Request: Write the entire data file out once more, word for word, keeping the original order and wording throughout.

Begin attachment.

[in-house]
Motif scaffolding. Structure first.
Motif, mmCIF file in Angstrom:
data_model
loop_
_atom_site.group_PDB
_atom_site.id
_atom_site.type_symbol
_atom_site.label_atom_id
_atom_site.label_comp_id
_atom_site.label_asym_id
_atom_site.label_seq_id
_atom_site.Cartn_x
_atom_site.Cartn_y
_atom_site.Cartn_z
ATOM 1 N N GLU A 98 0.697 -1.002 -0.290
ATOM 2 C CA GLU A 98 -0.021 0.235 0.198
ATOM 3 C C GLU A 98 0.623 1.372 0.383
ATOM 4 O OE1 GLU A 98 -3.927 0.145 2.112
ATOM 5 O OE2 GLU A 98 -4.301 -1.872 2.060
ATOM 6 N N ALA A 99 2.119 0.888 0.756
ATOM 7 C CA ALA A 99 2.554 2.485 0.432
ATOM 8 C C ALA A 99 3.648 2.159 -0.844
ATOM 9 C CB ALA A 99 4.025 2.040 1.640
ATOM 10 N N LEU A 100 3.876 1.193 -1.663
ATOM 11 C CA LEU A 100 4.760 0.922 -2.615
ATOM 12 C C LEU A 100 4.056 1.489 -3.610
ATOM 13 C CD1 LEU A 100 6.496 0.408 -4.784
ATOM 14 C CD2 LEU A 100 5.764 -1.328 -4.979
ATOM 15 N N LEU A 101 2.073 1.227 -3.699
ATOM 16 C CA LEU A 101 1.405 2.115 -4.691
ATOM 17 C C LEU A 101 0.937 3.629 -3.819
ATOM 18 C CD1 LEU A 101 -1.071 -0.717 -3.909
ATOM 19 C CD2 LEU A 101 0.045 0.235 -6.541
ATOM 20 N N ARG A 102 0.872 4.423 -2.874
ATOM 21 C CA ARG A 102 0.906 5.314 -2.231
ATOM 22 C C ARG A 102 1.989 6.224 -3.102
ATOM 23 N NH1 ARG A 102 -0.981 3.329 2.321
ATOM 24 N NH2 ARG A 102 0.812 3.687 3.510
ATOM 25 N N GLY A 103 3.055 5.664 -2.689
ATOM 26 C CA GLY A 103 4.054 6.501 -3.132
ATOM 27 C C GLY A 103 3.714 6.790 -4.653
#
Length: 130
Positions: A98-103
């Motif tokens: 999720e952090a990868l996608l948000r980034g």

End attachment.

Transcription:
[in-house]
Motif scaffolding. Structure first.
Motif, mmCIF file in Angstrom:
data_model
loop_
_atom_site.group_PDB
_atom_site.id
_atom_site.type_symbol
_atom_site.label_atom_id
_atom_site.label_comp_id
_atom_site.label_asym_id
_atom_site.label_seq_id
_atom_site.Cartn_x
_atom_site.Cartn_y
_atom_site.Cartn_z
ATOM 1 N N GLU A 98 0.697 -1.002 -0.290
ATOM 2 C CA GLU A 98 -0.021 0.235 0.198
ATOM 3 C C GLU A 98 0.623 1.372 0.383
ATOM 4 O OE1 GLU A 98 -3.927 0.145 2.112
ATOM 5 O OE2 GLU A 98 -4.301 -1.872 2.060
ATOM 6 N N ALA A 99 2.119 0.888 0.756
ATOM 7 C CA ALA A 99 2.554 2.485 0.432
ATOM 8 C C ALA A 99 3.648 2.159 -0.844
ATOM 9 C CB ALA A 99 4.025 2.040 1.640
ATOM 10 N N LEU A 100 3.876 1.193 -1.663
ATOM 11 C CA LEU A 100 4.760 0.922 -2.615
ATOM 12 C C LEU A 100 4.056 1.489 -3.610
ATOM 13 C CD1 LEU A 100 6.496 0.408 -4.784
ATOM 14 C CD2 LEU A 100 5.764 -1.328 -4.979
ATOM 15 N N LEU A 101 2.073 1.227 -3.699
ATOM 16 C CA LEU A 101 1.405 2.115 -4.691
ATOM 17 C C LEU A 101 0.937 3.629 -3.819
ATOM 18 C CD1 LEU A 101 -1.071 -0.717 -3.909
ATOM 19 C CD2 LEU A 101 0.045 0.235 -6.541
ATOM 20 N N ARG A 102 0.872 4.423 -2.874
ATOM 21 C CA ARG A 102 0.906 5.314 -2.231
ATOM 22 C C ARG A 102 1.989 6.224 -3.102
ATOM 23 N NH1 ARG A 102 -0.981 3.329 2.321
ATOM 24 N NH2 ARG A 102 0.812 3.687 3.510
ATOM 25 N N GLY A 103 3.055 5.664 -2.689
ATOM 26 C CA GLY A 103 4.054 6.501 -3.132
ATOM 27 C C GLY A 103 3.714 6.790 -4.653
#
Length: 130
Positions: A98-103
């Motif tokens: 999720e952090a990868l996608l948000r980034g």